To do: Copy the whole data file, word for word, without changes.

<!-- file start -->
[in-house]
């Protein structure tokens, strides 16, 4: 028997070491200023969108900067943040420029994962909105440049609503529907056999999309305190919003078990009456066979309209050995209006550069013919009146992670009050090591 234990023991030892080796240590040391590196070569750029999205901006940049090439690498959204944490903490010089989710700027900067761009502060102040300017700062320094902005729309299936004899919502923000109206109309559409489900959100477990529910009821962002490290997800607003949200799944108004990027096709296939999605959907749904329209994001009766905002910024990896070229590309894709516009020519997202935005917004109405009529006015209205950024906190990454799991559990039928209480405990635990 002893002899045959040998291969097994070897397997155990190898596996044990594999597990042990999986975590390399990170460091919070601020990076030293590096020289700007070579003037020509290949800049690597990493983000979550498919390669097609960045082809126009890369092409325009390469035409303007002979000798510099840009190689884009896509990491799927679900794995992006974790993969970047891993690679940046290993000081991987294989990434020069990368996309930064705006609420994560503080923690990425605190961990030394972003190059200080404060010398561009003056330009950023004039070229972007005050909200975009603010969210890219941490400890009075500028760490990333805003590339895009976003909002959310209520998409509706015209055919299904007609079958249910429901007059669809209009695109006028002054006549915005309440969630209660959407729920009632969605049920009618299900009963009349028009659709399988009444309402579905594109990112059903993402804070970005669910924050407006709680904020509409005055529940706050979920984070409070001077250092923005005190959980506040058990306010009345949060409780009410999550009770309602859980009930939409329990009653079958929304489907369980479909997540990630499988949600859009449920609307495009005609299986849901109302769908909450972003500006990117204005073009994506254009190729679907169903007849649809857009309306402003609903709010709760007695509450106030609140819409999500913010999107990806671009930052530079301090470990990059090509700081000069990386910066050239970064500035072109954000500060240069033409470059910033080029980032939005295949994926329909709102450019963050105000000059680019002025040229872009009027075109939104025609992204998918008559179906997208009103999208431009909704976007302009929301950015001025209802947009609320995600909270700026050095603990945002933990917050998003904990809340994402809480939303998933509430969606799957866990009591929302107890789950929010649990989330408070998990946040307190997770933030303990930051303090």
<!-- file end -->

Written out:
[in-house]
């Protein structure tokens, strides 16, 4: 028997070491200023969108900067943040420029994962909105440049609503529907056999999309305190919003078990009456066979309209050995209006550069013919009146992670009050090591 234990023991030892080796240590040391590196070569750029999205901006940049090439690498959204944490903490010089989710700027900067761009502060102040300017700062320094902005729309299936004899919502923000109206109309559409489900959100477990529910009821962002490290997800607003949200799944108004990027096709296939999605959907749904329209994001009766905002910024990896070229590309894709516009020519997202935005917004109405009529006015209205950024906190990454799991559990039928209480405990635990 002893002899045959040998291969097994070897397997155990190898596996044990594999597990042990999986975590390399990170460091919070601020990076030293590096020289700007070579003037020509290949800049690597990493983000979550498919390669097609960045082809126009890369092409325009390469035409303007002979000798510099840009190689884009896509990491799927679900794995992006974790993969970047891993690679940046290993000081991987294989990434020069990368996309930064705006609420994560503080923690990425605190961990030394972003190059200080404060010398561009003056330009950023004039070229972007005050909200975009603010969210890219941490400890009075500028760490990333805003590339895009976003909002959310209520998409509706015209055919299904007609079958249910429901007059669809209009695109006028002054006549915005309440969630209660959407729920009632969605049920009618299900009963009349028009659709399988009444309402579905594109990112059903993402804070970005669910924050407006709680904020509409005055529940706050979920984070409070001077250092923005005190959980506040058990306010009345949060409780009410999550009770309602859980009930939409329990009653079958929304489907369980479909997540990630499988949600859009449920609307495009005609299986849901109302769908909450972003500006990117204005073009994506254009190729679907169903007849649809857009309306402003609903709010709760007695509450106030609140819409999500913010999107990806671009930052530079301090470990990059090509700081000069990386910066050239970064500035072109954000500060240069033409470059910033080029980032939005295949994926329909709102450019963050105000000059680019002025040229872009009027075109939104025609992204998918008559179906997208009103999208431009909704976007302009929301950015001025209802947009609320995600909270700026050095603990945002933990917050998003904990809340994402809480939303998933509430969606799957866990009591929302107890789950929010649990989330408070998990946040307190997770933030303990930051303090």